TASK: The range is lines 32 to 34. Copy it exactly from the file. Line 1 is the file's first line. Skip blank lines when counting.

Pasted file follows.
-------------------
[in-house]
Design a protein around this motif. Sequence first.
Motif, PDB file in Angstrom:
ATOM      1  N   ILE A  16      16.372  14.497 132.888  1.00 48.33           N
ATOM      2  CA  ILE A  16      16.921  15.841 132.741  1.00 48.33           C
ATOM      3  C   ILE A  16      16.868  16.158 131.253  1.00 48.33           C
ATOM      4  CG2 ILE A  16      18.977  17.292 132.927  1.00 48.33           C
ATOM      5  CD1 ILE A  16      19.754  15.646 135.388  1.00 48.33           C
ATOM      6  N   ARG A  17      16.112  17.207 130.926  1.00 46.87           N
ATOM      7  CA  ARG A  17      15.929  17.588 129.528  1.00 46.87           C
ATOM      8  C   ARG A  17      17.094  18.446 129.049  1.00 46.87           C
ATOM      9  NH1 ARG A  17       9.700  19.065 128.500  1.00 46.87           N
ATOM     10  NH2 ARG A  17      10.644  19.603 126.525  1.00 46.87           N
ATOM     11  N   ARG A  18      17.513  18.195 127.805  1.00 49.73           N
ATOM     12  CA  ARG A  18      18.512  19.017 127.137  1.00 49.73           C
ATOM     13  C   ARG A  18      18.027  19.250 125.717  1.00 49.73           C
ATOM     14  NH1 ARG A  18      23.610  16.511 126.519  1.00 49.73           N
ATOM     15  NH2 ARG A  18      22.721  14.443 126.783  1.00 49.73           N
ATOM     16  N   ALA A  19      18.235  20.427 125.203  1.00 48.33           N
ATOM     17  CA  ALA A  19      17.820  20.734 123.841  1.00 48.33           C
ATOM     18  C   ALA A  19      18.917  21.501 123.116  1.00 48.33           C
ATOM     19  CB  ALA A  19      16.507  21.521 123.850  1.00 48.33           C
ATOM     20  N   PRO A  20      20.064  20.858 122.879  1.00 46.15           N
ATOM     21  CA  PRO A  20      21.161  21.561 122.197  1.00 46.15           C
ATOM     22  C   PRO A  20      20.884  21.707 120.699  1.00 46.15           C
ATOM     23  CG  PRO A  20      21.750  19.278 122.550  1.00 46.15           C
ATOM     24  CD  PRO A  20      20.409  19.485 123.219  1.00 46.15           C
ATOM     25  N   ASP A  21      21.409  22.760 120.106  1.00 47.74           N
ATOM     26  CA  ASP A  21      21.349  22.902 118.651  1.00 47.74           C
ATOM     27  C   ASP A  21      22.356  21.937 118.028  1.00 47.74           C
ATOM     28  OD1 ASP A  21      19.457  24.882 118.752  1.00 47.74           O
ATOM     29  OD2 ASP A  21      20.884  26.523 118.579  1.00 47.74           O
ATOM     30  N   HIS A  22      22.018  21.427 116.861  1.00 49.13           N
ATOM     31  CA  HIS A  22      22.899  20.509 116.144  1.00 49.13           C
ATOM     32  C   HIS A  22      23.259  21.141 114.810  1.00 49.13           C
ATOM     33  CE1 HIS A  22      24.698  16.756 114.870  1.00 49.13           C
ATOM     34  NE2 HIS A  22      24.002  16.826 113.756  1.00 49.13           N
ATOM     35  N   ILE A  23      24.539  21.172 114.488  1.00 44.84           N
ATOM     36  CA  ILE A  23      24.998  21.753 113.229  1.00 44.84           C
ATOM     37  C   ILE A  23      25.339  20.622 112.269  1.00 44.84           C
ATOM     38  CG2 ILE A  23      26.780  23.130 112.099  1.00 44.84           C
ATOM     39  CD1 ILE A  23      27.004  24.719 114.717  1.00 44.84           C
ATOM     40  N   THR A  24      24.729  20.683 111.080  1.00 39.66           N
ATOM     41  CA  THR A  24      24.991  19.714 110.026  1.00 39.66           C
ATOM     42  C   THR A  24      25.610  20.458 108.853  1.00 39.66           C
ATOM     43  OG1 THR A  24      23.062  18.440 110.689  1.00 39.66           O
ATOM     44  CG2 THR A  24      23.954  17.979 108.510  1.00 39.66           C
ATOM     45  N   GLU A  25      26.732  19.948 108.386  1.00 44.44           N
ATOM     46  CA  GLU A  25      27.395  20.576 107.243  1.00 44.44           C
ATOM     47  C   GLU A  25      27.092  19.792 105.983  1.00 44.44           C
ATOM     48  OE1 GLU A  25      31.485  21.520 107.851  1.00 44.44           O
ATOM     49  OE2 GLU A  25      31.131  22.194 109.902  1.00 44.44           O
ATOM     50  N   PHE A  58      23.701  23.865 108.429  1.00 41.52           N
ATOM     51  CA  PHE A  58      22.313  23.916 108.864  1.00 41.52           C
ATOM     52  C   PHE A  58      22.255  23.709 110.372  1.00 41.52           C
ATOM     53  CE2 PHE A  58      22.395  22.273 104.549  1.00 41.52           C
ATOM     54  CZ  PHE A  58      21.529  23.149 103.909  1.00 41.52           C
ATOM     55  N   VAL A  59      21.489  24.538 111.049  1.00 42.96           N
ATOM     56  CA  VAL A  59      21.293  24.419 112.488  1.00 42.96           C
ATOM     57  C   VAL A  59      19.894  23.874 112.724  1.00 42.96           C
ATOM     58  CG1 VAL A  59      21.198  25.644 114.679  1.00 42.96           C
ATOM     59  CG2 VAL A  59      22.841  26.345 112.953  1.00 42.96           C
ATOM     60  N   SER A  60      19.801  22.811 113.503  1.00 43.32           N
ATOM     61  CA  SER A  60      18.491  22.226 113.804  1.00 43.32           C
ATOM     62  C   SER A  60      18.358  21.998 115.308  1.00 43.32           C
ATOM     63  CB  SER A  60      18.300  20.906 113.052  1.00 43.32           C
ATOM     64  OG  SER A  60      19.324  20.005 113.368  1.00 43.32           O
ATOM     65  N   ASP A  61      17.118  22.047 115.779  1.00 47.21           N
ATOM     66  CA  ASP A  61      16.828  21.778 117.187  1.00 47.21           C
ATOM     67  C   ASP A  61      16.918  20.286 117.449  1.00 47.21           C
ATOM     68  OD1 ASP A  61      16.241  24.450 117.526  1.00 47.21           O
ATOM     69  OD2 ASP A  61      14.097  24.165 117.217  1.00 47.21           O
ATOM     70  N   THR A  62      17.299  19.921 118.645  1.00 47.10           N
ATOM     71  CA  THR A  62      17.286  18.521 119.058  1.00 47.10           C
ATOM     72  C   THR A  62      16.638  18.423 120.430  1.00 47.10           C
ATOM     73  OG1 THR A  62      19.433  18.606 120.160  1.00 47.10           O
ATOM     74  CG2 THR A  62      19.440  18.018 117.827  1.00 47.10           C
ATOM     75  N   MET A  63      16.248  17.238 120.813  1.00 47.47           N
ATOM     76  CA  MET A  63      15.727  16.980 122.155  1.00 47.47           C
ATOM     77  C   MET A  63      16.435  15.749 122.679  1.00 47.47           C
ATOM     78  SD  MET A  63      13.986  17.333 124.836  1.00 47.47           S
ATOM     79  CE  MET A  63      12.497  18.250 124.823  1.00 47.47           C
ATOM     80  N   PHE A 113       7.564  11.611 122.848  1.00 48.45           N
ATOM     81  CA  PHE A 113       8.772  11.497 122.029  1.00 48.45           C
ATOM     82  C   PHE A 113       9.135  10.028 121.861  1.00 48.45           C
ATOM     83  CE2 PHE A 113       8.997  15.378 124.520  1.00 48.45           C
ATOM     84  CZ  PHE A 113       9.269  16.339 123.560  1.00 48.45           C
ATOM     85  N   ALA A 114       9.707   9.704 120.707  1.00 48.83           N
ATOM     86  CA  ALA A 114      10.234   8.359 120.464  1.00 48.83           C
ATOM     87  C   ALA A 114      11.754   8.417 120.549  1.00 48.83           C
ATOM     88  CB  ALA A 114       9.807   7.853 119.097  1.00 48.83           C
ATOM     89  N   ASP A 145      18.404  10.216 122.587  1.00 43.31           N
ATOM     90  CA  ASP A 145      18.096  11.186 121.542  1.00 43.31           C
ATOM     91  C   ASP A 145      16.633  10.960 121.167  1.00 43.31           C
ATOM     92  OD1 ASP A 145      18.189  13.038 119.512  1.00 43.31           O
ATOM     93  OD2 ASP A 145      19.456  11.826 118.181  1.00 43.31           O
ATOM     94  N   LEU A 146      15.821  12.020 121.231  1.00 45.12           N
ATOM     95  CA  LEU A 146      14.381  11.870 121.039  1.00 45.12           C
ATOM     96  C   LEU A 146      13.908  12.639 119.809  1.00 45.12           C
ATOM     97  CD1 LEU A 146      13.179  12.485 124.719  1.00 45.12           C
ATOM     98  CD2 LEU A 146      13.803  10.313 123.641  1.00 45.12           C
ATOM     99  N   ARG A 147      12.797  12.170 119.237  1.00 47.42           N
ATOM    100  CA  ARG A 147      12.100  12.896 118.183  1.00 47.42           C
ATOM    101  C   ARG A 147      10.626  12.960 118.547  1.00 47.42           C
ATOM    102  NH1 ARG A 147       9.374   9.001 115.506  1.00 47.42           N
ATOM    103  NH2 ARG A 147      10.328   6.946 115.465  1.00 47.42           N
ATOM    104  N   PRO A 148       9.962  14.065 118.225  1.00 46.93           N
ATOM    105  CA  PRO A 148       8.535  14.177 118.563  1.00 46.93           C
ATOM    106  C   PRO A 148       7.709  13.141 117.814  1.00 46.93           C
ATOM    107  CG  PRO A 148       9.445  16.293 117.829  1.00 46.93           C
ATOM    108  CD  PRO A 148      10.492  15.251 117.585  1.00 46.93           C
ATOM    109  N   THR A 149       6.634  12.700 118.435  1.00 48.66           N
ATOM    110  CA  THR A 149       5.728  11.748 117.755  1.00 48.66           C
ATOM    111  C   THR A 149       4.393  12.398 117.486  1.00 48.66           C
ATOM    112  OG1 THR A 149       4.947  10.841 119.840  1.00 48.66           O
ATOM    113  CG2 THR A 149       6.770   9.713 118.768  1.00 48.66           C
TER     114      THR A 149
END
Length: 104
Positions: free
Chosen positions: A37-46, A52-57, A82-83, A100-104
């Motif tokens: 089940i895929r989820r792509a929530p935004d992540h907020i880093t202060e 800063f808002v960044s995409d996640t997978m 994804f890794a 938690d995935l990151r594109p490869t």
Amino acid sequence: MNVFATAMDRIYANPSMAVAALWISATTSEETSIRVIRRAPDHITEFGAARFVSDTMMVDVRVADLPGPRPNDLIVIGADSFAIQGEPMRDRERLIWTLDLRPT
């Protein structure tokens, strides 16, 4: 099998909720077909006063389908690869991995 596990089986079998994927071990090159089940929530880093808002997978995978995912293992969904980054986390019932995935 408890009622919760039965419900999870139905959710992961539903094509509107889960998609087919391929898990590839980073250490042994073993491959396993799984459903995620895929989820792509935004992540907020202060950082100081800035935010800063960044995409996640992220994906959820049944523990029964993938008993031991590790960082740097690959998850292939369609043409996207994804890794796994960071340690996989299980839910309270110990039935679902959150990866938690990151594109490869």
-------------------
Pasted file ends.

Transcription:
ATOM     29  OD2 ASP A  21      20.884  26.523 118.579  1.00 47.74           O
ATOM     30  N   HIS A  22      22.018  21.427 116.861  1.00 49.13           N
ATOM     31  CA  HIS A  22      22.899  20.509 116.144  1.00 49.13           C